Gift of Love
The passengers on the bus watched sympathetically
as the attractive young woman with the white cane
made her way carefully up the steps. She paid the
driver and using her hands to feel the location
of the seats, walked down the aisle and found the
seat he'd told her was empty. She settled down,
placed her briefcase on her lap and rested her cane
against her leg.
It had been a year since Susan, thirty-four years
old, became blind. Due to a medical misdiagnosis,
she had been rendered sightless and she was suddenly
thrown into a world of darkness, anger, frustration
and self-pity. All she had to cling to was her husband,
Mark was an Air Force officer and he loved Susan
with all his heart. When she first lost her sight,
he watched her sink into despair and was determined
to help his wife gain the strength and confidence
she needed to become independent again
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After some time, Susan finally felt ready to return
to her job. However, how would she get there? She
used to take the bus but was now too frightened
to get around the city by herself. Mark volunteered
to drive her to work each day even though they worked
at opposite ends of the city. At first, this comforted
Susan and fulfilled Mark's need to protect his sightless
wife who was so insecure about performing the slightest
However, Mark soon realized the arrangement wasn't
working. He admitted to himself that Susan will
have to start taking the bus again. Nevertheless,
she was still so fragile, so angry - how would she
react? Just as he predicted, Susan was horrified
at the idea of taking the bus again.
"I'm blind!" She responded bitterly.
"How am I supposed to know where I am going?
I feel like you're abandoning me."
Mark's heart broke to hear these words but he knew
what had to be done. He promised Susan that each
morning and evening he would ride the bus with her,
for as long as it took, until she got the hang of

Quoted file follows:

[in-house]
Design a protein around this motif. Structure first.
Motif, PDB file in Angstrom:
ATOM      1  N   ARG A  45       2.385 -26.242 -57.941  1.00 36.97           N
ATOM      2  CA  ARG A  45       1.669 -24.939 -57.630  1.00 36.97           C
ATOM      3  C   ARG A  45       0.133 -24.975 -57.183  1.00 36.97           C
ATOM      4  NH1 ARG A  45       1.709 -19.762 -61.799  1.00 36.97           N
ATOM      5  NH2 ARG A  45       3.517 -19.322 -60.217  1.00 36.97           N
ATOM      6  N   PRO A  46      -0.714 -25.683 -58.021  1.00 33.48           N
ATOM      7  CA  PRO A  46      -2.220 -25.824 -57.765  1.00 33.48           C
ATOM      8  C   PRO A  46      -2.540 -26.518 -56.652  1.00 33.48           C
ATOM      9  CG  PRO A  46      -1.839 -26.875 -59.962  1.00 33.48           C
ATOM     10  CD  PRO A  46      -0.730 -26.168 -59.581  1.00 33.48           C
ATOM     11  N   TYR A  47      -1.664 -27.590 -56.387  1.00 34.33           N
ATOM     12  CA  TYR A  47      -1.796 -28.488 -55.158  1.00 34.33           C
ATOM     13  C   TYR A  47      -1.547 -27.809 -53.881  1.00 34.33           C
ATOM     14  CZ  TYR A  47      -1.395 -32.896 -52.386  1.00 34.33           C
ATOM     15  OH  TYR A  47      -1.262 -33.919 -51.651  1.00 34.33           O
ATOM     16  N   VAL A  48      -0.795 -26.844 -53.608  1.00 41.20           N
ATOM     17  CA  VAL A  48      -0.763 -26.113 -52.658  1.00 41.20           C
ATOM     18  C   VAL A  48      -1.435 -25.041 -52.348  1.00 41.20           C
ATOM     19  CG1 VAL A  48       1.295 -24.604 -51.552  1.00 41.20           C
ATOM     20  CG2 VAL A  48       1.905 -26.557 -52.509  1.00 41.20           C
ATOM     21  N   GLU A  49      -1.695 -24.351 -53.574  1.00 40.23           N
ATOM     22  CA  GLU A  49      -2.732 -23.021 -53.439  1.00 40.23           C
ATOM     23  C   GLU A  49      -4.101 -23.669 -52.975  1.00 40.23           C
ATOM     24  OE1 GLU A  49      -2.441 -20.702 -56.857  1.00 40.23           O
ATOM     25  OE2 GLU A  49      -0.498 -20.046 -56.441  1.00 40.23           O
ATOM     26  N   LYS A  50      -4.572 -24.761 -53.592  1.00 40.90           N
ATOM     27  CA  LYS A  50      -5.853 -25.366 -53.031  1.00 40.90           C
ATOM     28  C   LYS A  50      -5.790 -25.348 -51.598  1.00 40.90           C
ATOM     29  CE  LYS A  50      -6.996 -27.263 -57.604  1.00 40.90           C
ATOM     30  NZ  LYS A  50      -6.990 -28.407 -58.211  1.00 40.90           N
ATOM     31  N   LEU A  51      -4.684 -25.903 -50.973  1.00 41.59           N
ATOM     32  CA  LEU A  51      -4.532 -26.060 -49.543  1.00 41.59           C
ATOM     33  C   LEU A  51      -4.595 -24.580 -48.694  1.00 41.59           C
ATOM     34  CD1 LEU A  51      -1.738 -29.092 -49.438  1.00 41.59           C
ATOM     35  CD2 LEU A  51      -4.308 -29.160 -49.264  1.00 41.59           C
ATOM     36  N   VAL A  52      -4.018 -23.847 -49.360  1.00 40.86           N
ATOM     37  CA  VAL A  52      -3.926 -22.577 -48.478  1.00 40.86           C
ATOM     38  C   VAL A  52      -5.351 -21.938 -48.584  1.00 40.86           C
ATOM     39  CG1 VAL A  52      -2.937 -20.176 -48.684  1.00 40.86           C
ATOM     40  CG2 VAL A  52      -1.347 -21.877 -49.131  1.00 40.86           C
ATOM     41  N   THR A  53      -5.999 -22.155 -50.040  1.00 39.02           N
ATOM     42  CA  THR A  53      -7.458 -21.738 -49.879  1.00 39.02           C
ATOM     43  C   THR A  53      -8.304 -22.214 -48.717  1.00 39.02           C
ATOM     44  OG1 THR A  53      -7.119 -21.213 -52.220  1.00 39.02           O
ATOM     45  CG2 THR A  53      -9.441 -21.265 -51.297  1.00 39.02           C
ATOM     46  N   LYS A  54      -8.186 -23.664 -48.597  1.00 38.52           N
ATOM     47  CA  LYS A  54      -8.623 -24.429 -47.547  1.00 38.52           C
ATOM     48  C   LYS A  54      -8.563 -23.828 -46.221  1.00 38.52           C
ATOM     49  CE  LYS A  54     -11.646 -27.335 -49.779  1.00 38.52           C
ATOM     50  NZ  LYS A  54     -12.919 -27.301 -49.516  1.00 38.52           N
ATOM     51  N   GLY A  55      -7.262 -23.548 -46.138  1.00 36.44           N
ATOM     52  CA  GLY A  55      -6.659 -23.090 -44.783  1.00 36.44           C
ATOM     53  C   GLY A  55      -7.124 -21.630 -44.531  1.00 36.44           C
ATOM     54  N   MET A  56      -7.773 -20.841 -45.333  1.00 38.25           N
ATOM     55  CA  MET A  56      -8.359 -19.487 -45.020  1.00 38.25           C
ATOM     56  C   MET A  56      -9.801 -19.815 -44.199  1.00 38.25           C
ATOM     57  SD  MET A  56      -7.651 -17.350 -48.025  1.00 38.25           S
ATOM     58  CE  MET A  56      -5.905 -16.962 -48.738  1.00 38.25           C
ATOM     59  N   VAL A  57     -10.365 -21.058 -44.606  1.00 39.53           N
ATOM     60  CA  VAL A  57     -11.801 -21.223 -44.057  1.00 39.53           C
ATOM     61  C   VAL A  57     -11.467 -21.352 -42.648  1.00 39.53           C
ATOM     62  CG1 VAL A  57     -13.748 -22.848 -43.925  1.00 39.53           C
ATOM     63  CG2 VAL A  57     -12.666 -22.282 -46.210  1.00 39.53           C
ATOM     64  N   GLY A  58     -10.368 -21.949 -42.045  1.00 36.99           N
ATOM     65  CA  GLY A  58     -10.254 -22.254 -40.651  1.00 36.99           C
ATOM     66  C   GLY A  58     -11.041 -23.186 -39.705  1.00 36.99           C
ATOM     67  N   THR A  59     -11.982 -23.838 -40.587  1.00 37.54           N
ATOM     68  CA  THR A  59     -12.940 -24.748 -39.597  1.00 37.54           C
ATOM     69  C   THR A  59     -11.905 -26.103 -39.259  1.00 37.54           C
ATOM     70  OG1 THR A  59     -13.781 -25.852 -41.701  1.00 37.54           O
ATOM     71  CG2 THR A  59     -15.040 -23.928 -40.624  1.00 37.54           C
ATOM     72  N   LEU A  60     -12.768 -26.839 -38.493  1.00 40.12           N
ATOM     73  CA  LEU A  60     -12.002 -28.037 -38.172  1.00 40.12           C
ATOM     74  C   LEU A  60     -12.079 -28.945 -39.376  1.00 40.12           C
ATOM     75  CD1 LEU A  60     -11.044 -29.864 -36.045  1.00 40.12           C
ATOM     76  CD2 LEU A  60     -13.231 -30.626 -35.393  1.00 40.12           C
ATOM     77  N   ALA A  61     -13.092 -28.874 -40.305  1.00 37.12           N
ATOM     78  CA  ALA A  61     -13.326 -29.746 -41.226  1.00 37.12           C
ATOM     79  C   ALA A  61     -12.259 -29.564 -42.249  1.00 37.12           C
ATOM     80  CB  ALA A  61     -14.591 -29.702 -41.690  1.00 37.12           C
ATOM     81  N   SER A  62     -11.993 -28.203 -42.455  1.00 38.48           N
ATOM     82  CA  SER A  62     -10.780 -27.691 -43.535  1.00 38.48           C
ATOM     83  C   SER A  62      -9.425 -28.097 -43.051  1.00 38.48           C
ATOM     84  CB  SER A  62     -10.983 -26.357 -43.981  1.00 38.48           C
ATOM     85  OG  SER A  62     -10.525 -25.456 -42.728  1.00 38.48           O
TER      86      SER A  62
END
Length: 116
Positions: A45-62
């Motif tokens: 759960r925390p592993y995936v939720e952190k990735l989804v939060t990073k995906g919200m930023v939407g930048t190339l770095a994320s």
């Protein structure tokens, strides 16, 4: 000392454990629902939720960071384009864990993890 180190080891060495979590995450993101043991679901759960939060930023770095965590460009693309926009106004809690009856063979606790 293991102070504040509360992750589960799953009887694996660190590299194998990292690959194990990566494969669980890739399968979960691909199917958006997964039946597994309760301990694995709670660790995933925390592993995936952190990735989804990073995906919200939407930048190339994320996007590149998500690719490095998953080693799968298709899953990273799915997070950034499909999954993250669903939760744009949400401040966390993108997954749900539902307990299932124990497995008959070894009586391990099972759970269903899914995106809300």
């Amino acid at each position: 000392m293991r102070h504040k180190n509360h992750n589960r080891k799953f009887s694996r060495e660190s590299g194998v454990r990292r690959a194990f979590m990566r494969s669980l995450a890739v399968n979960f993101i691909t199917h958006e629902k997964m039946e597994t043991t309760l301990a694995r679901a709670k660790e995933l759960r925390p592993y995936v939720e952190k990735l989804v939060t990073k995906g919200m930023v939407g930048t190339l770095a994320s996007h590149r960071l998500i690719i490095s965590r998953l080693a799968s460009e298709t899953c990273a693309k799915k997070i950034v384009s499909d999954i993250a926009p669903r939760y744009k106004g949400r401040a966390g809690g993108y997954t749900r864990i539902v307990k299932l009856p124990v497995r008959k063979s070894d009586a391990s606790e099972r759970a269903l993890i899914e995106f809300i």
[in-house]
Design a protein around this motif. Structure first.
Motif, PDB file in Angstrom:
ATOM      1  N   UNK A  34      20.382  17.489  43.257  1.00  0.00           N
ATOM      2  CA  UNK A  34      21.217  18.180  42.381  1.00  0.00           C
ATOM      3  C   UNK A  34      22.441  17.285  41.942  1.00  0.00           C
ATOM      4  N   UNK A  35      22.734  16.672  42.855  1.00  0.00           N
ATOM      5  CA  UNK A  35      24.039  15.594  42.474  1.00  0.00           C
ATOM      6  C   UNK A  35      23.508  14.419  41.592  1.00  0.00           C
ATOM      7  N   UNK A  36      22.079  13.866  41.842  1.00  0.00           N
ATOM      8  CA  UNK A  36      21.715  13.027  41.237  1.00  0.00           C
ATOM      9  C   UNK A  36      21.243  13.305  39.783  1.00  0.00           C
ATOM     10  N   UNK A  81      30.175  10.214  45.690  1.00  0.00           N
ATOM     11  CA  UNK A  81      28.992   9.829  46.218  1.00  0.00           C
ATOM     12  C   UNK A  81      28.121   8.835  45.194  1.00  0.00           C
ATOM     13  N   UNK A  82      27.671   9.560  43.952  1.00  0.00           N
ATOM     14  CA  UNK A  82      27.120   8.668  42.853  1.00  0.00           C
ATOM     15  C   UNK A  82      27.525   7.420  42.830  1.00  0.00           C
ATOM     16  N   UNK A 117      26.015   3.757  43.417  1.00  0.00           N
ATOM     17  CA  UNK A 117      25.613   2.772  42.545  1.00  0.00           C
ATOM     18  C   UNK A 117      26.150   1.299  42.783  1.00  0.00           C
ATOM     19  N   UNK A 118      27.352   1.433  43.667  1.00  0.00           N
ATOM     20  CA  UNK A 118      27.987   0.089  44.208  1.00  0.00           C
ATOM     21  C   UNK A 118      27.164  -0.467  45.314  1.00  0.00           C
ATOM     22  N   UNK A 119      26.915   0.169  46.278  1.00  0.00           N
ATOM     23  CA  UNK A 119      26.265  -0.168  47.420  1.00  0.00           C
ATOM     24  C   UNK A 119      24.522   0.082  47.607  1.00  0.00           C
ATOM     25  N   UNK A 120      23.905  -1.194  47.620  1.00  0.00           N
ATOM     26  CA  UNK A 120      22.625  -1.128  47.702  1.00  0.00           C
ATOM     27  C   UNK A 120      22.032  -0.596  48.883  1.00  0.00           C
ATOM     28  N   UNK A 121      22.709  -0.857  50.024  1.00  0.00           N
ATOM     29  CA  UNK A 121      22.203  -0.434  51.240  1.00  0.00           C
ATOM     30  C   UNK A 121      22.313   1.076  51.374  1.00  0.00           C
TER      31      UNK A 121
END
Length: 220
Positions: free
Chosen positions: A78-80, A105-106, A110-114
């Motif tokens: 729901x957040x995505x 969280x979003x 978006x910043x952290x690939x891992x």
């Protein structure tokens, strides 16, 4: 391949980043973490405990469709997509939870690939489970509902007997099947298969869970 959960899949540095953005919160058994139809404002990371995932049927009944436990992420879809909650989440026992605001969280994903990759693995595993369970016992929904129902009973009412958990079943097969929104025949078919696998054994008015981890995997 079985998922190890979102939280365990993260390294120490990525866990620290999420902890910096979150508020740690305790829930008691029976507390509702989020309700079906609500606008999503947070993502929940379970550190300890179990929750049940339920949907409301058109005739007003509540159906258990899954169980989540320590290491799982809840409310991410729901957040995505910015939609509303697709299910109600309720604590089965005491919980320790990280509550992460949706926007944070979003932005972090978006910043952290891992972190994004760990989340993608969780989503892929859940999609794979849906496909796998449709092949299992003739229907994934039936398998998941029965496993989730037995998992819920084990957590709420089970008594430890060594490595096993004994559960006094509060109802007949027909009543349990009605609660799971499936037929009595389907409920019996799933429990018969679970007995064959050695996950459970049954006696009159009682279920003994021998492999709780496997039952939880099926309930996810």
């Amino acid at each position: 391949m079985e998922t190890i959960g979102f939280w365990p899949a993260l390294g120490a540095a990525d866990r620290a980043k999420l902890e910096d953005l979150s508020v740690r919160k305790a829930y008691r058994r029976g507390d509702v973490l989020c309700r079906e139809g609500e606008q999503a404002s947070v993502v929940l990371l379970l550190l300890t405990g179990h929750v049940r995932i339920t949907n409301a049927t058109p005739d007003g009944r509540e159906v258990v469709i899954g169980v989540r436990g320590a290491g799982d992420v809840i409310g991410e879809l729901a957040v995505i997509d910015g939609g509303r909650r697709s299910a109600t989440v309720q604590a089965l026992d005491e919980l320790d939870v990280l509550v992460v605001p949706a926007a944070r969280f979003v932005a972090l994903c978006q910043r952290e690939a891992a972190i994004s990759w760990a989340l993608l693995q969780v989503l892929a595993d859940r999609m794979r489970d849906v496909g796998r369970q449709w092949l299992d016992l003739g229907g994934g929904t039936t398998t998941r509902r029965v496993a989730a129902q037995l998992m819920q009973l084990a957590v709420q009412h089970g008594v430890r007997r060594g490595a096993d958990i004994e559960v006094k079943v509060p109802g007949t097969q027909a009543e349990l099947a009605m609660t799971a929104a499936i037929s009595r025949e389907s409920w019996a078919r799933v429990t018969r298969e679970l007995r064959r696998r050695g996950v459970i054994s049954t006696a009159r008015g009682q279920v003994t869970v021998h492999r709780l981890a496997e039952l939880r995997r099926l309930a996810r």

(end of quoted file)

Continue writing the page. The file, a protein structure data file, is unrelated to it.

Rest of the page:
it. That is exactly what happened. For two solid
weeks, Mark, in his military uniform and all, accompanied
Susan to and from work each day.
He taught her how to rely on her other senses,
specifically her hearing, to determine where she
was and how to adapt to her new environment. He
helped her befriend the bus drivers who could watch
out for her and save her a seat.
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Finally, Susan decided that she was ready to try
the trip on her own. Monday morning arrived and
before she left, she threw her arms around Mark,
her temporary bus-riding companion, her husband
and her best friend. Her eyes filled with tears
of gratitude for his loyalty, his patience and his
love. She said goodbye and for the first time, they
went their separate ways. Monday, Tuesday, Wednesday,
Thursday... Each day on her own went perfectly and
Susan had never felt better. She was doing it! She
was going to work all by herself.
On Friday morning, Susan took the bus to work as
As she was paying the fare to exit the bus, the
driver said, "Boy, I sure do envy you."
Susan wasn't sure if the driver was speaking to
her or not. After all, who on earth would ever envy
a blind woman who had struggled just to find the
courage to live for the past year?
Curious, she asked the driver, "Why do you
say that you envy me?"
The driver responded, "It must feel good to
be taken care of and protected like you are."
Susan had no idea what the driver was talking about
and asked again, "What do you mean?"
The driver answered, "You know, every morning
for the past week, a fine-looking gentleman in a
military uniform has been standing across the corner
watching you as you get off the bus. He makes sure
you cross the street safely and he watches until
you enter your office building. Then he blows you
a kiss, gives you a little salute and walks away.
You are one lucky lady."
Tears of happiness poured down Susan's cheeks.
Although she couldn't physically see him, she had
always felt Mark's presence. She was lucky, so lucky,
for he had given her a gift more powerful than sight,
a gift she didn't need to see to believe - the gift
of love that can bring light where there is darkness.
By Sharon Wajda
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